The cope gas manifold and stripper assembly 42 includes a mounting frame 254 consisting of four uprights 255 having laterally extending feet 256, side crosspieces 257, and front and rear crosspieces 258, all secured together by welding or other suitable means. Upwardly extending thrust screws 253 are adjustably mounted on top of the uprights 255 for engagement with the reaction bars 51, as subsequently described. The mounting frame is suspended from the crossbars 172 on the carriage 38 by bolts 259 extending through spacer blocks 261 secured to the crosspieces 258.
A rectangular cope gas manifold 260 is suspended from the mounting frame 254, being secured to the feet 256 at the four comers of the manifold by screws 263. Referring to FIGS. 8 and 9, the cope gas manifold is a platelike body provided with a manifold cavity 262 on its bottom surface 265. The cavity faces the upper surface 141 of the cope section 34 and covers an area substantially the same as that of the cope'mold cavity 134 with similar dimension. Whenthe gas manifold and the cope section are brought together, the manifold cavity encloses the sand filling openings 138 and the orifices 140.
A threaded bore 264 is provided in the cope gas manifold, leading from one side thereof to the manifold cavity. A flexible gas supply line 266 is threadedly secured in the bore. An annular groove 268 is formed in the bottom surface 265 of the manifold, and it surrounds the manifold cavity. A compression gasket 270 is mounted in the groove and forms a seal between the bottom surface of the manifold and the upper surface 141 of the cope section.
Cylindrical stripper pin openings 272 are provided in the gas manifold 260, in vertical alignment with the sand filling openings 138 in the cope section 34 when the members are in register. Cope stripper pins 274 are inserted in the openings and are vertically reciprocally movable therein. Gland seals 276 and retaining discs 277 are mounted on the gas manifold and form a seal between the manifold and the pins. The cope stripper pins 274 are rigidly mounted on and depend from a rectangular cope stripper plate 278.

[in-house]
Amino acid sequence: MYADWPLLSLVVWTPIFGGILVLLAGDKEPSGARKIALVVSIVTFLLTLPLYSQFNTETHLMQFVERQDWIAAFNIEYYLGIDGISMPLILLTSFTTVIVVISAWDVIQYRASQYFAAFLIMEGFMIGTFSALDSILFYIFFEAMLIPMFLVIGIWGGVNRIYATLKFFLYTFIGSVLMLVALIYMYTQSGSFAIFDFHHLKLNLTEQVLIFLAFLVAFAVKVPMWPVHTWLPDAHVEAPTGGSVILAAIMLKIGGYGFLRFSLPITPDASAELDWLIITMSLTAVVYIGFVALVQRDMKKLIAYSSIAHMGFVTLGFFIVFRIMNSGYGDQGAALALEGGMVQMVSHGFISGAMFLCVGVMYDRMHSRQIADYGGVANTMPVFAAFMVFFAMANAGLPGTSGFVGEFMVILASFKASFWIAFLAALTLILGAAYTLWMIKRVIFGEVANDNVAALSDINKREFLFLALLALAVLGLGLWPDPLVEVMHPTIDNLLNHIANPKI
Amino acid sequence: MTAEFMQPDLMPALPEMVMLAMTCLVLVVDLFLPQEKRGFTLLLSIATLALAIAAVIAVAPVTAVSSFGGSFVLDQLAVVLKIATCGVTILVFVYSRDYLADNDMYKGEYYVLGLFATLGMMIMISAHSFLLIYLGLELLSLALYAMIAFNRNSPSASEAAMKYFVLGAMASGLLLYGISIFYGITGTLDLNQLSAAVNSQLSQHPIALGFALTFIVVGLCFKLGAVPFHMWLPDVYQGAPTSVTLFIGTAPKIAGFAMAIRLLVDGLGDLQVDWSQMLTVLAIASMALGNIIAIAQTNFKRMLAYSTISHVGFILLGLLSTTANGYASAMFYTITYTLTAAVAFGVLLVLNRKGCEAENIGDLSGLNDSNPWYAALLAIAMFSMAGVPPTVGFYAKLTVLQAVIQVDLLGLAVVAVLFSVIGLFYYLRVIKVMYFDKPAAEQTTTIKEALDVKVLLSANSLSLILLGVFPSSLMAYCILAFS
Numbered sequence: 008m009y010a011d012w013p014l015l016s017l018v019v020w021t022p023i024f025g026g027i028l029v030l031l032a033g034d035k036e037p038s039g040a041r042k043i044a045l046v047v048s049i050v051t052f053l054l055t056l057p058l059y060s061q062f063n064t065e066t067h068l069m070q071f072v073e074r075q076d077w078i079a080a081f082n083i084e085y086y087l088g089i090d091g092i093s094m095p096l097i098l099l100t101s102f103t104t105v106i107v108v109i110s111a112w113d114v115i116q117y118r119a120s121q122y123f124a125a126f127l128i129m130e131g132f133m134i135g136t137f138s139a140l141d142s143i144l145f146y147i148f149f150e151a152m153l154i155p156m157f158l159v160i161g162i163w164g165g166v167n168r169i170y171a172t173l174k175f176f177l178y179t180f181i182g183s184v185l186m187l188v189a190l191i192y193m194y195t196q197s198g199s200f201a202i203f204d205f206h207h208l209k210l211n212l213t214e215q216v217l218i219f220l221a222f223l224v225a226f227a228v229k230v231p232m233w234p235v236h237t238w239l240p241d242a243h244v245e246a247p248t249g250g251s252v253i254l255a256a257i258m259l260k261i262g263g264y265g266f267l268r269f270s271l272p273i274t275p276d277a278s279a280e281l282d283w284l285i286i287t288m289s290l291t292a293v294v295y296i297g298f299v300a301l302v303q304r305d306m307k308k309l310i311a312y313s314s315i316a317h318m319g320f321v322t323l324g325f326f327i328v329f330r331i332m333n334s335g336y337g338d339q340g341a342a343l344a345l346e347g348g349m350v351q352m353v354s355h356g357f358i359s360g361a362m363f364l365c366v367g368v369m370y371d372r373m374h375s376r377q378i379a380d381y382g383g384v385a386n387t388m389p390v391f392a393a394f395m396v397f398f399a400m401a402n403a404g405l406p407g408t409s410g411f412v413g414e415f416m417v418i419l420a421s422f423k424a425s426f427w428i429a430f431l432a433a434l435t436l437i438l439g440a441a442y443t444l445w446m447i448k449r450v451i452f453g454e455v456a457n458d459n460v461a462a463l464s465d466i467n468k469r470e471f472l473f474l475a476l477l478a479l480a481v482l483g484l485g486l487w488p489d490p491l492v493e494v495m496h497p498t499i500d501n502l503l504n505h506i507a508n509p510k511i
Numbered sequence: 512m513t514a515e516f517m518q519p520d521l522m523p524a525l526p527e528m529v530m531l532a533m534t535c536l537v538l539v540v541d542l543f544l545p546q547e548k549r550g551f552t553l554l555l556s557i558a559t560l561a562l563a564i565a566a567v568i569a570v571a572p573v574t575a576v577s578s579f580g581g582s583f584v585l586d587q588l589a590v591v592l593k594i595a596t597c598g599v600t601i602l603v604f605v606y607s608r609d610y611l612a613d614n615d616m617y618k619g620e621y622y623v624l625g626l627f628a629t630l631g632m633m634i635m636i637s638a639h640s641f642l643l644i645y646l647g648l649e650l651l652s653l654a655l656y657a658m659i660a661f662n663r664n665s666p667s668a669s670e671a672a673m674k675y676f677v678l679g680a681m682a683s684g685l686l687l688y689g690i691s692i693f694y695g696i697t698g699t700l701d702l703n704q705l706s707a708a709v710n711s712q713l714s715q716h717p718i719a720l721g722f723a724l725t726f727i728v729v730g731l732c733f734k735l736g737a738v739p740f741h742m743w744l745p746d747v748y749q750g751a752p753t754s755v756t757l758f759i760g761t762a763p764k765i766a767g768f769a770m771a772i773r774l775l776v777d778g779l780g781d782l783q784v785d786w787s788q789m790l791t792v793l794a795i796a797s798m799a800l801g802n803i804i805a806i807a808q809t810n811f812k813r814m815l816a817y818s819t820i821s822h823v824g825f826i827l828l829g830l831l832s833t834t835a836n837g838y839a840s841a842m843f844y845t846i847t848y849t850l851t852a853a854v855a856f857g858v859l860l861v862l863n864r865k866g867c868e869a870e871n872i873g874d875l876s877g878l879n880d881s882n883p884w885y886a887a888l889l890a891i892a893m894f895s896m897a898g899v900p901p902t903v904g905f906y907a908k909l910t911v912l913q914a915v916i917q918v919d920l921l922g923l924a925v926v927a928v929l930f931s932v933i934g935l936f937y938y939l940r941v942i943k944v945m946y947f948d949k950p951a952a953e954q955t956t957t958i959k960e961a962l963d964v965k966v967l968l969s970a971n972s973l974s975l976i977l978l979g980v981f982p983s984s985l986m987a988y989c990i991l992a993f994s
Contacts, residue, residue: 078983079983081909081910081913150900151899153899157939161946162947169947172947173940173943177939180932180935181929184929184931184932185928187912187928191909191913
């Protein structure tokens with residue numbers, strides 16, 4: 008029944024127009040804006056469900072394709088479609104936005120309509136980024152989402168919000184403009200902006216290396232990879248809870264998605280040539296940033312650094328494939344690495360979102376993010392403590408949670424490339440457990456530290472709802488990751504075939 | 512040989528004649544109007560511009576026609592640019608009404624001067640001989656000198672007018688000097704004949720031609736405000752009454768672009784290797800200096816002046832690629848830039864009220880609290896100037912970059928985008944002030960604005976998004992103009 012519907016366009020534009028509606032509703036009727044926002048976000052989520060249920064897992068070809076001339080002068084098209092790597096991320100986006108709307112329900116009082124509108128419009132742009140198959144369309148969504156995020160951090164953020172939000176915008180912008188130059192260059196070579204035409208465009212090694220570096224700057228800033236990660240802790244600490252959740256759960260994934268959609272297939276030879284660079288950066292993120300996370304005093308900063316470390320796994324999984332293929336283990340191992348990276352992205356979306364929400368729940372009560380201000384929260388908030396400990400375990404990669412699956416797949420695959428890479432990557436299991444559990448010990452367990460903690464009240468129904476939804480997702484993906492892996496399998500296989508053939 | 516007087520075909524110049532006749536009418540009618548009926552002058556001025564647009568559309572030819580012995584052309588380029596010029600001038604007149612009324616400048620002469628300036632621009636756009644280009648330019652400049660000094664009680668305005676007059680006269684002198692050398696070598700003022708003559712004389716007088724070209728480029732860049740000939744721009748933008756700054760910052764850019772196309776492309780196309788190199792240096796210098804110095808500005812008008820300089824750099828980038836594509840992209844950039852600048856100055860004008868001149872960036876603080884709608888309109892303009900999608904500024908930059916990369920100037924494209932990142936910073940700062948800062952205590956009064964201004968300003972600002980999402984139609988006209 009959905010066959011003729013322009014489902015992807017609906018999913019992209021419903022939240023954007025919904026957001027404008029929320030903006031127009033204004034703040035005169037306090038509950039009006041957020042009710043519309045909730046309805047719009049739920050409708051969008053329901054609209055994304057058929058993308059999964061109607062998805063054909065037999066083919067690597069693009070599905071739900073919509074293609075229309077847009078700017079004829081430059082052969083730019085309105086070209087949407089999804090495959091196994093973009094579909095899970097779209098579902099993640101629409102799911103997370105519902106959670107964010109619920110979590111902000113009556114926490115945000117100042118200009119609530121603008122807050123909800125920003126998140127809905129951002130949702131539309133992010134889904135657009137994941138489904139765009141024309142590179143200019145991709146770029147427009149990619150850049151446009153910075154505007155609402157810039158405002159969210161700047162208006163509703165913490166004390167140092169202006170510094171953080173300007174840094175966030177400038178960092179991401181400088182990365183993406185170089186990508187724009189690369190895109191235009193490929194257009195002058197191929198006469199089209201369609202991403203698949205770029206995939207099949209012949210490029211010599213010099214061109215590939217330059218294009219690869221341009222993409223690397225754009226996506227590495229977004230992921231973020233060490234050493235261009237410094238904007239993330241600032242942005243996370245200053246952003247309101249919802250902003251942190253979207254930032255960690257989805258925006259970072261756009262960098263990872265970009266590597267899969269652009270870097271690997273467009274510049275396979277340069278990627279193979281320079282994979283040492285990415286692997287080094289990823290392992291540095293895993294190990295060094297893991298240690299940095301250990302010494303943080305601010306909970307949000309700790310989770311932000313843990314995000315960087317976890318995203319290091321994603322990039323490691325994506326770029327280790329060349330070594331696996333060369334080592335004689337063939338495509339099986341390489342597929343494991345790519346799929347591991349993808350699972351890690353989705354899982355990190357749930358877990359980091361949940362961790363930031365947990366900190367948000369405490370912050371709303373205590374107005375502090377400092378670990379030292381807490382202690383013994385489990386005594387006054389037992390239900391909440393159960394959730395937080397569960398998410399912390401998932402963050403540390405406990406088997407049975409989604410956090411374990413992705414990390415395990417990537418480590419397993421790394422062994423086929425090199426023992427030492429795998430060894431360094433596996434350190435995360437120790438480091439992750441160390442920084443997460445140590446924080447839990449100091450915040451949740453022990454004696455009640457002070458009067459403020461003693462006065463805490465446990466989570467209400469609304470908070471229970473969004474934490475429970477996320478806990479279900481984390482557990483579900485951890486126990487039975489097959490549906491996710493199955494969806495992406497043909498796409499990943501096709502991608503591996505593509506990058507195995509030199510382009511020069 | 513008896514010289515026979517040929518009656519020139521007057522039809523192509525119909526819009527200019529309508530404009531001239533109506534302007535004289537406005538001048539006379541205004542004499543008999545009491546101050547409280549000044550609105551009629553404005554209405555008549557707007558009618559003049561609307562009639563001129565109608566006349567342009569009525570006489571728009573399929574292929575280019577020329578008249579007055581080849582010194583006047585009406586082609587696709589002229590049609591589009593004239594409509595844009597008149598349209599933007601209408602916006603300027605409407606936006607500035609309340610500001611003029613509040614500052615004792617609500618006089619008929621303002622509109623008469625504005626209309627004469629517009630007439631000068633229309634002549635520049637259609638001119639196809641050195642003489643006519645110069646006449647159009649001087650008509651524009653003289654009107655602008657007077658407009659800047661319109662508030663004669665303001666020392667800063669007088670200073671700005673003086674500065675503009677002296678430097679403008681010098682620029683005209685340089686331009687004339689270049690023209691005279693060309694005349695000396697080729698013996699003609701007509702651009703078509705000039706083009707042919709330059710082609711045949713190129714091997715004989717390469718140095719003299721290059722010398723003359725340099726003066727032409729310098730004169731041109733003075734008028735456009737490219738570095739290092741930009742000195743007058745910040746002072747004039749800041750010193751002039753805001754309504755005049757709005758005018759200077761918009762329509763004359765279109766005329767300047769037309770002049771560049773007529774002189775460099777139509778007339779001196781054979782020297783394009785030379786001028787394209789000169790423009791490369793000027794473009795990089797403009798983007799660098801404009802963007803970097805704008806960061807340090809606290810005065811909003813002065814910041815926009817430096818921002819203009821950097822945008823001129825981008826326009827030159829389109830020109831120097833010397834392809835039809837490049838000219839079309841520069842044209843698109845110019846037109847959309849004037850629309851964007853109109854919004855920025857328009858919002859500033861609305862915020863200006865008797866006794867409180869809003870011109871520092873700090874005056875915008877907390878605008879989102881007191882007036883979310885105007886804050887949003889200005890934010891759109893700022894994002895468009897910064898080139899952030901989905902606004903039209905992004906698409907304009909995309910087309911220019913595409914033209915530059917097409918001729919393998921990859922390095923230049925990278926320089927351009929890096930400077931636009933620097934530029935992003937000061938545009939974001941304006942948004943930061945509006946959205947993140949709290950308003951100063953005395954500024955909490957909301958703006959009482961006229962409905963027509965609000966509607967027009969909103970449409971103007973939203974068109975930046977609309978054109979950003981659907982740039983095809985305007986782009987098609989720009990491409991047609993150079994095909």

Referring particularly to FIGS. 1 and 2, the cope stripper plate 278 is vertically reciprocally moved by a double-acting cope stripping air cylinder 280 having a piston rod 281 connected to the stripper plate. The cylinder is mounted on a mounting plate 282 secured centrally of the mounting frame 254 to bars or pads 283 fixed to the front and rear crosspieces 258. The piston rod extends downwardly through the mounting plate to the stripper plate.
Referring also to FIG. 7, stop rods 284 are secured to the cope stripper plate adjacent the corners thereof, and the rods extend downwardly therefrom through openings 286 in the gas manifold 260. The gas manifold openings register with openings 288 through the cope 34'. The rods are arranged to abut on the striker plates 116 on the drag section 36. Spacer blocks 290 are secured to the undersurface of the cope stripper plate 278, for limiting its downward movement by engagement with the gas manifold.
Guide rods 292 are secured to the gas manifold 260 adjacent opposite side edges thereof, and the rods extend upwardly therefrom through the cope stripper plate 278. The rods are surmounted by enlarged heads 294. The rods serve to guide the stripper plate in vertical movement, and the heads limit upward travel of the plate.
DESCRIPTION OF THE AIR AND GAS SUPPLY EQUIPMENT Referring to FIGS. 1 and 19, the air and. gas supply equipment 22 includes a gas generator 300, a scrubber 302, and a pipe or conduit 304 leading from an air pressure source, not shown. The generator and the scrubber are mounted on a stand 305. The gas generator includes a tank 306 having a foraminous distributor 307 mounted in the lower end thereof, an air supply pipe 308 inserted into the bottom of the tank below the distributor, and a discharge pipe 310 inserted into the top of the tank. A vaporizable liquid hardening agent 312 for the sand binder is contained in the tank under pressure. In the illustrative embodiment, the hardening agent is'a catalytic or reactive agent, which causes the synthetic resinous binder to harden or cure rapidly.